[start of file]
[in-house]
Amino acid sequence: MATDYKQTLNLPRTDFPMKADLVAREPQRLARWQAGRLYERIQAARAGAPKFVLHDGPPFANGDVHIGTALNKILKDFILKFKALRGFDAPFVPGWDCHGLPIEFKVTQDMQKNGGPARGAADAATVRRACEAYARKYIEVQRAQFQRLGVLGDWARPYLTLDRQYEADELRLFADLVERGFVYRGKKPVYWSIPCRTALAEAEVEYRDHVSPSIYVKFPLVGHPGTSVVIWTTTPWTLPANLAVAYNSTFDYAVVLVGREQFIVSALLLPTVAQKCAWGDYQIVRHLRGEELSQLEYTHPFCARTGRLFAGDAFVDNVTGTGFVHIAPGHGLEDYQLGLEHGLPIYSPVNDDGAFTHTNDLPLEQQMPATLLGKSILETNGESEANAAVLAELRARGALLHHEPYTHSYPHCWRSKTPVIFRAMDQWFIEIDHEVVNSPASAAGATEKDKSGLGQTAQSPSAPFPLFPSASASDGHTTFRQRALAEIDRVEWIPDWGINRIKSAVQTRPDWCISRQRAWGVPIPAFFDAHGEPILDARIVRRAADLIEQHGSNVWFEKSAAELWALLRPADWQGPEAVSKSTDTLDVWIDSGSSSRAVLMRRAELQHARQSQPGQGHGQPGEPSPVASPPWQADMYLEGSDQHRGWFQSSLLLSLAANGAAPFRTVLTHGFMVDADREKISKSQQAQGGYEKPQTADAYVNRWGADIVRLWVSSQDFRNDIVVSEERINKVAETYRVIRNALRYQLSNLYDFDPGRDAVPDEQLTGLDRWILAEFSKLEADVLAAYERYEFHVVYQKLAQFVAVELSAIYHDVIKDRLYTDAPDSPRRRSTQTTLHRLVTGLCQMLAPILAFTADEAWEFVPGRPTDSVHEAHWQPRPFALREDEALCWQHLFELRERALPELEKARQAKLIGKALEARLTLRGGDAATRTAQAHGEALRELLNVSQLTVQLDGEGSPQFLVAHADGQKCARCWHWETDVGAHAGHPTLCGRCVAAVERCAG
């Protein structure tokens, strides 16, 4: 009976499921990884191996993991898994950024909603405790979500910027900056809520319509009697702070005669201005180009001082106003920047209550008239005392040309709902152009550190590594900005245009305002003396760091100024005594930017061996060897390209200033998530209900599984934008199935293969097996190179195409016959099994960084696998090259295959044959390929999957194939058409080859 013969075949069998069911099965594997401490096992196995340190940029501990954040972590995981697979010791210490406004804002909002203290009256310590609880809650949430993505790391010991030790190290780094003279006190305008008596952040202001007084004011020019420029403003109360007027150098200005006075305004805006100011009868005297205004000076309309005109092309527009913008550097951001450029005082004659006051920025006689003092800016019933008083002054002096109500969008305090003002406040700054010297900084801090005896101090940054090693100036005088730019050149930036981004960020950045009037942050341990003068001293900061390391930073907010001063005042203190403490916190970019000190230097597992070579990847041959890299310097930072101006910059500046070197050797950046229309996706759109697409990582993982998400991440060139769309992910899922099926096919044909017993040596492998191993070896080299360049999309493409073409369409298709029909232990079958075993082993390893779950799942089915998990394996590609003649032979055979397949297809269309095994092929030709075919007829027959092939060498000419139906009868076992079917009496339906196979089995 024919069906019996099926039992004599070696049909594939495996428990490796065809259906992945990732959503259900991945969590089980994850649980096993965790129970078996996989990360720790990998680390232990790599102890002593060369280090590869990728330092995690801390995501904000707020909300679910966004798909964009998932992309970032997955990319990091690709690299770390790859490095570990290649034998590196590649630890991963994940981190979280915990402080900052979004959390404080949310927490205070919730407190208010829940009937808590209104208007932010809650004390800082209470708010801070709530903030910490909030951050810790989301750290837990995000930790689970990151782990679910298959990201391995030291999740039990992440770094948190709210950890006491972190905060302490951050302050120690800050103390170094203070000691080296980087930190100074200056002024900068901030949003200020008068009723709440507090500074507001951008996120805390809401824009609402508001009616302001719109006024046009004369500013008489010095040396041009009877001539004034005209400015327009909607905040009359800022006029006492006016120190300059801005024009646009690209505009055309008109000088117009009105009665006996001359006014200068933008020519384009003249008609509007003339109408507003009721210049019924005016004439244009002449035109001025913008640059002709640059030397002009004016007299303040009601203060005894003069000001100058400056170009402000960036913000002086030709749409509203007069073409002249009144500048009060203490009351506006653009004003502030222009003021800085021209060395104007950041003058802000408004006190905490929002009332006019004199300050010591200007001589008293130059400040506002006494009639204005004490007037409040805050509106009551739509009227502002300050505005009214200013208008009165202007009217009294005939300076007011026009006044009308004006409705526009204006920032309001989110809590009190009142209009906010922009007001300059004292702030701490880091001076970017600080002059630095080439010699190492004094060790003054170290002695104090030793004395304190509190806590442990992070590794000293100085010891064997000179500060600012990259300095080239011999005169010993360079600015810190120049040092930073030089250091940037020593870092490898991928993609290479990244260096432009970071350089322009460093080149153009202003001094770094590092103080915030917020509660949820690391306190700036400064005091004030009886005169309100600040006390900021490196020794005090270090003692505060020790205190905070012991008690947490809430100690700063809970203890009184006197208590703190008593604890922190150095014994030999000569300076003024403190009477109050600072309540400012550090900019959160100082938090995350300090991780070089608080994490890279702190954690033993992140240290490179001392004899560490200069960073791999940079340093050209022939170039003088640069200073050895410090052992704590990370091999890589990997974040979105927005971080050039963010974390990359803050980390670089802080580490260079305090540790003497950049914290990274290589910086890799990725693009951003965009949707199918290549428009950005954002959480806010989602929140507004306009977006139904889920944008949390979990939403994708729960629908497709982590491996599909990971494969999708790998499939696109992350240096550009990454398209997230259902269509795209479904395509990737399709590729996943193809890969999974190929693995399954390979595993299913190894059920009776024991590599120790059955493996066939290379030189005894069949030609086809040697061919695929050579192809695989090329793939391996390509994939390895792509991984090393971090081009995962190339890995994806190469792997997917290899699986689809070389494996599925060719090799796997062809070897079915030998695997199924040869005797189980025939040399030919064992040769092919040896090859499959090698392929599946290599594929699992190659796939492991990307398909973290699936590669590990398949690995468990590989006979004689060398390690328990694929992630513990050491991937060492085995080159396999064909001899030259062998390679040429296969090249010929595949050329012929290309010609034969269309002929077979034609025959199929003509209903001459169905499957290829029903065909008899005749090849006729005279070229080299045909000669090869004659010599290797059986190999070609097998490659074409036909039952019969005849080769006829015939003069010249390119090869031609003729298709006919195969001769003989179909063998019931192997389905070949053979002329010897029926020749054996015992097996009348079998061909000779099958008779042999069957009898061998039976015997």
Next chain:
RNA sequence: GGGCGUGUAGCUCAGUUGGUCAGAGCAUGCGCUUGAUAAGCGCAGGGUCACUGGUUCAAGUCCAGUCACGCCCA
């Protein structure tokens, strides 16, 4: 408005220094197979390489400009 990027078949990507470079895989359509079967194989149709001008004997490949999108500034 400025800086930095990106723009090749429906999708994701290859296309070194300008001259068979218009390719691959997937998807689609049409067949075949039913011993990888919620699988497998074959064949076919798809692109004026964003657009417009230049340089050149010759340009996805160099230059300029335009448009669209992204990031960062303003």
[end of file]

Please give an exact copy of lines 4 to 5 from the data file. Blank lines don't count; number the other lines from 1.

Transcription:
Next chain:
RNA sequence: GGGCGUGUAGCUCAGUUGGUCAGAGCAUGCGCUUGAUAAGCGCAGGGUCACUGGUUCAAGUCCAGUCACGCCCA